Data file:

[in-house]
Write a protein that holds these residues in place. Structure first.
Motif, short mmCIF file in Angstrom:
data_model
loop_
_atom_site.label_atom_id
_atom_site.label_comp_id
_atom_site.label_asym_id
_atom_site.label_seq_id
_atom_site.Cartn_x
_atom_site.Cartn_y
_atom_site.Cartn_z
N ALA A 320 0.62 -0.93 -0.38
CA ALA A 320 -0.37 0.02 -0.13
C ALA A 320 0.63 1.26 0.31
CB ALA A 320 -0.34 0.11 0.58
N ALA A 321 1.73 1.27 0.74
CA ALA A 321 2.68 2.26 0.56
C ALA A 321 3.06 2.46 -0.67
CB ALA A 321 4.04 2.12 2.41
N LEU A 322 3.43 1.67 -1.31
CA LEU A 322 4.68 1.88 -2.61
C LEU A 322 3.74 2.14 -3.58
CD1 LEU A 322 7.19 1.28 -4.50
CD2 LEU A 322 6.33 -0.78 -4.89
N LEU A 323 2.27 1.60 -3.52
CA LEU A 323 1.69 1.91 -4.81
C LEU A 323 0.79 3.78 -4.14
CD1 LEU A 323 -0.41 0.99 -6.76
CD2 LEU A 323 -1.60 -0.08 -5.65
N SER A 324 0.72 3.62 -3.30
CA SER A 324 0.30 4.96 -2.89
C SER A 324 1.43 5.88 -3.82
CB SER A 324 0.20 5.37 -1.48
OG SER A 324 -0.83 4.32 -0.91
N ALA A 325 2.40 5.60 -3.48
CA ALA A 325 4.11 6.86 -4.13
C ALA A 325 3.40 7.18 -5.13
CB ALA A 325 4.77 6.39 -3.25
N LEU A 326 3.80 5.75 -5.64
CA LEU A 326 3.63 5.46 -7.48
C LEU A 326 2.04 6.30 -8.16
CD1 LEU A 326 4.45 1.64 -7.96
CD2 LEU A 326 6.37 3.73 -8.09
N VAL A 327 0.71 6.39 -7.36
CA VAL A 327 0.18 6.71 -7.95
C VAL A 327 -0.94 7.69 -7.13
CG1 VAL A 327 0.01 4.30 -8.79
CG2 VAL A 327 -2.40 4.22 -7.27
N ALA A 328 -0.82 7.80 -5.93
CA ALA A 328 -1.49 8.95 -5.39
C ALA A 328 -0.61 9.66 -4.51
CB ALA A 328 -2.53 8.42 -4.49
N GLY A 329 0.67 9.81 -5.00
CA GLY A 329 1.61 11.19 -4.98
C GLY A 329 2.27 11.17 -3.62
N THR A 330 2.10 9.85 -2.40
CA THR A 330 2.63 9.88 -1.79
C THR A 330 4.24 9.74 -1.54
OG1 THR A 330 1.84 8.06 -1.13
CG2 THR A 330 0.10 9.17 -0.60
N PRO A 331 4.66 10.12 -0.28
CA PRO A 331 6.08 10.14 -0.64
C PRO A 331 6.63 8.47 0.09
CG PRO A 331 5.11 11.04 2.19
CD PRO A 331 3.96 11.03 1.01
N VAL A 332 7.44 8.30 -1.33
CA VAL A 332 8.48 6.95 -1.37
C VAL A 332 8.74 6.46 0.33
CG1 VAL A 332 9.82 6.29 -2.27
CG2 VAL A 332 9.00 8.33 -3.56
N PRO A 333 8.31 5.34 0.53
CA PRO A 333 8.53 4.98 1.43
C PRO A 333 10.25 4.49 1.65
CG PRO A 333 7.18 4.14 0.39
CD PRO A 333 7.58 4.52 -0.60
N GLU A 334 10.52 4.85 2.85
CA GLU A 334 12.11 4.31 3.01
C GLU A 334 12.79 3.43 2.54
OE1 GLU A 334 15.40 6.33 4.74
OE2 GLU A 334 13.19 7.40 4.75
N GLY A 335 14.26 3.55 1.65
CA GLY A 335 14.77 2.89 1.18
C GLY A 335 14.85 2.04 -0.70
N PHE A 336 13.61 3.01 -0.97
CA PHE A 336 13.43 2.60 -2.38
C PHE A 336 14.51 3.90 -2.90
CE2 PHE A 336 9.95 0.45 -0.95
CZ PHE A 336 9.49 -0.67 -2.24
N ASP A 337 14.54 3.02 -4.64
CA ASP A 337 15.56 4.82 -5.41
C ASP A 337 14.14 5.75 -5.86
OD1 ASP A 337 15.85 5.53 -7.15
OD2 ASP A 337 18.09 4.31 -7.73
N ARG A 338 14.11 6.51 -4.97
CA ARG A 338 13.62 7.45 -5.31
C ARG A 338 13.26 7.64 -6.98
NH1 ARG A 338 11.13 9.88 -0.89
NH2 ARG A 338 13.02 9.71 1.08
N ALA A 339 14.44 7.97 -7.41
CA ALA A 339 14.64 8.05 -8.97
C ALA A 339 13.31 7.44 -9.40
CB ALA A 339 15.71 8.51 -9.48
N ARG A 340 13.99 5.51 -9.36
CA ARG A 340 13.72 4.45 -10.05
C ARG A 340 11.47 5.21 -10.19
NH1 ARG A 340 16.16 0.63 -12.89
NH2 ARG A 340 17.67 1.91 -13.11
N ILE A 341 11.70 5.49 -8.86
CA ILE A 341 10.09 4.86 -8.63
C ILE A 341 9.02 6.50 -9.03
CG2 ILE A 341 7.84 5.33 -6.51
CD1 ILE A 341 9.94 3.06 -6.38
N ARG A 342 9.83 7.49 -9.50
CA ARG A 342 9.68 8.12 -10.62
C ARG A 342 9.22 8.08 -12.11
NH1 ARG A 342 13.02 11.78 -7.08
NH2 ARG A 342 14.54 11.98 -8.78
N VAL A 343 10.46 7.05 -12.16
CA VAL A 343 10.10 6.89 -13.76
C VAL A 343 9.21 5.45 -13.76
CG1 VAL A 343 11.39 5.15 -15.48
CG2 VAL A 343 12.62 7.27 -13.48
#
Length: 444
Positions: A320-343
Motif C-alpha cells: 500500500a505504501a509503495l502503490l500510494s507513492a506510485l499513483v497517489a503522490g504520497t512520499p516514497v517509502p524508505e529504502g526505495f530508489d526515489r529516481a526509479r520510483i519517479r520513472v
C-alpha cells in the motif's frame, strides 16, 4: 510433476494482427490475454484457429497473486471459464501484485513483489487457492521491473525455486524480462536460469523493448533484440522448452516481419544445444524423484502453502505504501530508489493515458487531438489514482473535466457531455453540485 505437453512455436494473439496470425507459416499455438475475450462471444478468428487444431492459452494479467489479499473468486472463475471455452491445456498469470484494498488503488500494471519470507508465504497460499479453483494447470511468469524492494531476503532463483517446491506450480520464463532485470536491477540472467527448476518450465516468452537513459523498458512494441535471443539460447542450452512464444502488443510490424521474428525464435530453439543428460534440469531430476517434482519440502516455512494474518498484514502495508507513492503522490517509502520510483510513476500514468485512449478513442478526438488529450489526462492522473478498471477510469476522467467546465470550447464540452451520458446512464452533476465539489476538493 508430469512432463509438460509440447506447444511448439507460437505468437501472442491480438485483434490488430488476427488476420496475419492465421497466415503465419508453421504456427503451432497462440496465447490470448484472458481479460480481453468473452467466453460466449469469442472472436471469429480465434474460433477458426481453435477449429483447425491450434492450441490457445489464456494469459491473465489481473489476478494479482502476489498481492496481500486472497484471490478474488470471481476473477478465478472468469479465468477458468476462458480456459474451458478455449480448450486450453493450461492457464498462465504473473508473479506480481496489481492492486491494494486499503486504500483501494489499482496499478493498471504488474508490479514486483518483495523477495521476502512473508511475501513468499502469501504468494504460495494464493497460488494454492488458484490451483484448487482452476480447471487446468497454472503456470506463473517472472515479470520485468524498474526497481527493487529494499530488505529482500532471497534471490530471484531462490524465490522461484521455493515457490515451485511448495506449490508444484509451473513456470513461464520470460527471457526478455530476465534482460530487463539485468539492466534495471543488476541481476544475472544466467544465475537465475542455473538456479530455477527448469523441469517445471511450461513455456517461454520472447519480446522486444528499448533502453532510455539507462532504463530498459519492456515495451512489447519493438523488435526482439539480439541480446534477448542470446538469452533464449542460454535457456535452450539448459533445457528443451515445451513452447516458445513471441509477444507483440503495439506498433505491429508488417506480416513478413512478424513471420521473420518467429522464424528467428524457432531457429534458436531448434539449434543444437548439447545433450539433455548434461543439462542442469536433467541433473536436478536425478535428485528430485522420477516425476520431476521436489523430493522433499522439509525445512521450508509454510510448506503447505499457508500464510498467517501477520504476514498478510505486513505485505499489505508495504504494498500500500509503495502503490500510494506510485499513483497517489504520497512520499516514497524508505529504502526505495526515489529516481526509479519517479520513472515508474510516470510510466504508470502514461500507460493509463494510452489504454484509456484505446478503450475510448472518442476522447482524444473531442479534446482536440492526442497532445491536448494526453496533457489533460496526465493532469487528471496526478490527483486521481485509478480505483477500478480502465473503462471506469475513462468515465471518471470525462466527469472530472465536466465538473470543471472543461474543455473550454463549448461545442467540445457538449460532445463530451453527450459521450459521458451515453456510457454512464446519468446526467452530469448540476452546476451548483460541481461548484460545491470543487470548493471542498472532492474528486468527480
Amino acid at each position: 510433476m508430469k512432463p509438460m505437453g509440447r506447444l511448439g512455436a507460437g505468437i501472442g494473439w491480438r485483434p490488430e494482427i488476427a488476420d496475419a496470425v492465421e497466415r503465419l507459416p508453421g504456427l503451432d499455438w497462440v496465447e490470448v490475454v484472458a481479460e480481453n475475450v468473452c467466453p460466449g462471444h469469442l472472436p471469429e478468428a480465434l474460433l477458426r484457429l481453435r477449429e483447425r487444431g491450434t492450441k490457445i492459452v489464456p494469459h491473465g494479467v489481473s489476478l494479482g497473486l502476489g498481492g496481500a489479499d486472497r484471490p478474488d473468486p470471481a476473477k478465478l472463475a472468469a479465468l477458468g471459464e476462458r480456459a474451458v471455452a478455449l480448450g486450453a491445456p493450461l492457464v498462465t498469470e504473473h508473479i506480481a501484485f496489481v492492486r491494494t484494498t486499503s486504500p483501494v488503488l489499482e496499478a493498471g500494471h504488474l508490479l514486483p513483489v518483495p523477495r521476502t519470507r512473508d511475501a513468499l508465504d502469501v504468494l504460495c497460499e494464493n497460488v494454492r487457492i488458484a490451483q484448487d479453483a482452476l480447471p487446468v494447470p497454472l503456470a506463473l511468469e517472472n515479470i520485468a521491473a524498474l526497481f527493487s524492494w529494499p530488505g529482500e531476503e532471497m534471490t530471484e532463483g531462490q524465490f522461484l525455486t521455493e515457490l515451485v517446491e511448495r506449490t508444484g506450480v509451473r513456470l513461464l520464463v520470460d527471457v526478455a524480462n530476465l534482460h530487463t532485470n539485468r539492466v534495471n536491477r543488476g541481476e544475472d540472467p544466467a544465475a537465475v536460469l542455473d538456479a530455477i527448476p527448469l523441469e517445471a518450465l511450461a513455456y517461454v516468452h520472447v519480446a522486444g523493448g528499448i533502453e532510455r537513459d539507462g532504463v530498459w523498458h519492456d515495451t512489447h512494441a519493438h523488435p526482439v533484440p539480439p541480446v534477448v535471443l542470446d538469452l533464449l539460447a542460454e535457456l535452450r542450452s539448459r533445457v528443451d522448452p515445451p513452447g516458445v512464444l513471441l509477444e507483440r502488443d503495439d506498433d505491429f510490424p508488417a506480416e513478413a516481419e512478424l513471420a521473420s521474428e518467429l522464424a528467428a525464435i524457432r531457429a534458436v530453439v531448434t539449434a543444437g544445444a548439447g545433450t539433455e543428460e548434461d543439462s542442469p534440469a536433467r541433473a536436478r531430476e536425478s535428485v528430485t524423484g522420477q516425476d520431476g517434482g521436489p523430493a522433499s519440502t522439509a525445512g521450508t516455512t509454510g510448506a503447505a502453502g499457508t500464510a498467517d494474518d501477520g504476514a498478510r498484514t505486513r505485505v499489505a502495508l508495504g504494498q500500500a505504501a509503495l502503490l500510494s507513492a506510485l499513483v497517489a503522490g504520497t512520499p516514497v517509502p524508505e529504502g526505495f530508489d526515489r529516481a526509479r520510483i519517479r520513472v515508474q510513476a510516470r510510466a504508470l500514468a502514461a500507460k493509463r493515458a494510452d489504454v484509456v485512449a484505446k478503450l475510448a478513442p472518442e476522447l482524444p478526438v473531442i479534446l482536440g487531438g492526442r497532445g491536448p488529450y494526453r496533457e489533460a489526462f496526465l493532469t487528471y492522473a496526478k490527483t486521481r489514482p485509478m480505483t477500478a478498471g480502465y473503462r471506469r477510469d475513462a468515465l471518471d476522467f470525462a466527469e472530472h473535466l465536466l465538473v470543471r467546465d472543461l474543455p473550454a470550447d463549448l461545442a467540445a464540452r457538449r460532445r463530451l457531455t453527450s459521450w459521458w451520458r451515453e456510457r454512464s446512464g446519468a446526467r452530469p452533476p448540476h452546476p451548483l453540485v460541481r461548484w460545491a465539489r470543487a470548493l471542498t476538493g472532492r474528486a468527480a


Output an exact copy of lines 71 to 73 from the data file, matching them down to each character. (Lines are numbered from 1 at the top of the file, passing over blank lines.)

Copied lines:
CG2 VAL A 332 9.00 8.33 -3.56
N PRO A 333 8.31 5.34 0.53
CA PRO A 333 8.53 4.98 1.43